Going too far
Re: “My town, tarnished” (Sept.23): Rory Marsh ‘13 suggests that burning the Quran — or even just posting anti-Islam signs — should be made illegal, lest terrorists become offended and attack innocent Americans. Marsh goes as far as to suggest that we need a “new interpretation” of the First Amendment. But in Marsh’s Brave New America, it would be illegal to offend someone, as long as he or she were offended enough to become sufficiently dangerous to the community.
Presumably, this new interpretation would make flag burning illegal as long as enough angry Americans threatened to kill innocent people in response This interpretation of freedom would make the mosque at Ground Zero similarly illegal, so long as there was a significant enough threat of violence against it. A march from Selma to Montgomery in the 1960s would be too provocative, and a gay pride rally in front of the Westboro Baptist Church would put the entire community at risk. Running a news story about abuse at Abu Ghraib, broadcasting an episode of South Park or publishing a book of cartoons lampooning Mohammed would merely increase the chance of a terrorist attack. All, under Marsh’s understanding of freedom, would be banned.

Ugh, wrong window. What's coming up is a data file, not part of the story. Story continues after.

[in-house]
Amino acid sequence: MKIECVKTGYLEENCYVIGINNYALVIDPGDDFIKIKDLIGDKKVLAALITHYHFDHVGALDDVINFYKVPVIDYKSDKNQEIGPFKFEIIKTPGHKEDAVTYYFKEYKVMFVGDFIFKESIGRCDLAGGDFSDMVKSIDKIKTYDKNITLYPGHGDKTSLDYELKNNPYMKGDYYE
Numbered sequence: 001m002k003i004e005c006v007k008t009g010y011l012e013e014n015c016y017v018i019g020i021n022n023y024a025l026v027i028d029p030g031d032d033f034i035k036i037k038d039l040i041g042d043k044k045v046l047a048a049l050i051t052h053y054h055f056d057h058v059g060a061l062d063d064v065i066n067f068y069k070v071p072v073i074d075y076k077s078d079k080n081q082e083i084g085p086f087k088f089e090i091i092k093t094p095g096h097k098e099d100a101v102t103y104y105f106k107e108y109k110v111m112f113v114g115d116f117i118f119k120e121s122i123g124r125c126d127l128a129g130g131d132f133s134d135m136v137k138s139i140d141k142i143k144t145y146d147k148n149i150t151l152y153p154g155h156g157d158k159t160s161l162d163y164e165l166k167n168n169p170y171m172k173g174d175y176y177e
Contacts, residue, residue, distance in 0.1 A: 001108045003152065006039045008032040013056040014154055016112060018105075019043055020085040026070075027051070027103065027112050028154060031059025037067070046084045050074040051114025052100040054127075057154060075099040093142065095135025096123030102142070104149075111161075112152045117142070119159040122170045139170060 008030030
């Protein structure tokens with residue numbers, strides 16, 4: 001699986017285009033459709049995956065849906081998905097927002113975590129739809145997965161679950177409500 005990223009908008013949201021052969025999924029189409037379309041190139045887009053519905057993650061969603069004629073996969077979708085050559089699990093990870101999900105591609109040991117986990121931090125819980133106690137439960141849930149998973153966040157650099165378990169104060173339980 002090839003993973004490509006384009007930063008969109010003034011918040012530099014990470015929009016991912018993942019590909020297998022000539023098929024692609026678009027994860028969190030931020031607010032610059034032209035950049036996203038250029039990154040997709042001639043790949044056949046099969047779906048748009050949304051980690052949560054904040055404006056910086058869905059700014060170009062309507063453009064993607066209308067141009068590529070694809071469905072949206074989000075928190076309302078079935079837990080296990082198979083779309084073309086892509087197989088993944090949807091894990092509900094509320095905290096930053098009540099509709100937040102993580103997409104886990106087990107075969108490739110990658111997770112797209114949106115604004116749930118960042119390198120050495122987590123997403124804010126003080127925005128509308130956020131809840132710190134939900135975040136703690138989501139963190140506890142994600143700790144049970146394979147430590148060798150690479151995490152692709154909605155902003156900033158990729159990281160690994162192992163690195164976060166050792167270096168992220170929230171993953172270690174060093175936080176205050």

The First Amendment does not exist to only protect popular speech, but rather to protect precisely the sorts of speech which are the least popular and the most likely to offend. It protects the right of Neo-Nazis to march in Skokie, the right of the Reverend King to march in Alabama and the right of Terry Jones to burn a Quran. For more than two decades, author Salman Rushdie has withstood death threats and assassination attempts from the leaders of Iran and various terrorist organizations for his depiction of Mohammed in “The Satanic Verses.”
He wrote: “What is freedom of expression? Without the freedom to offend, it ceases to exist.”
The writer is a 2010 graduate of Jonathan Edwards College.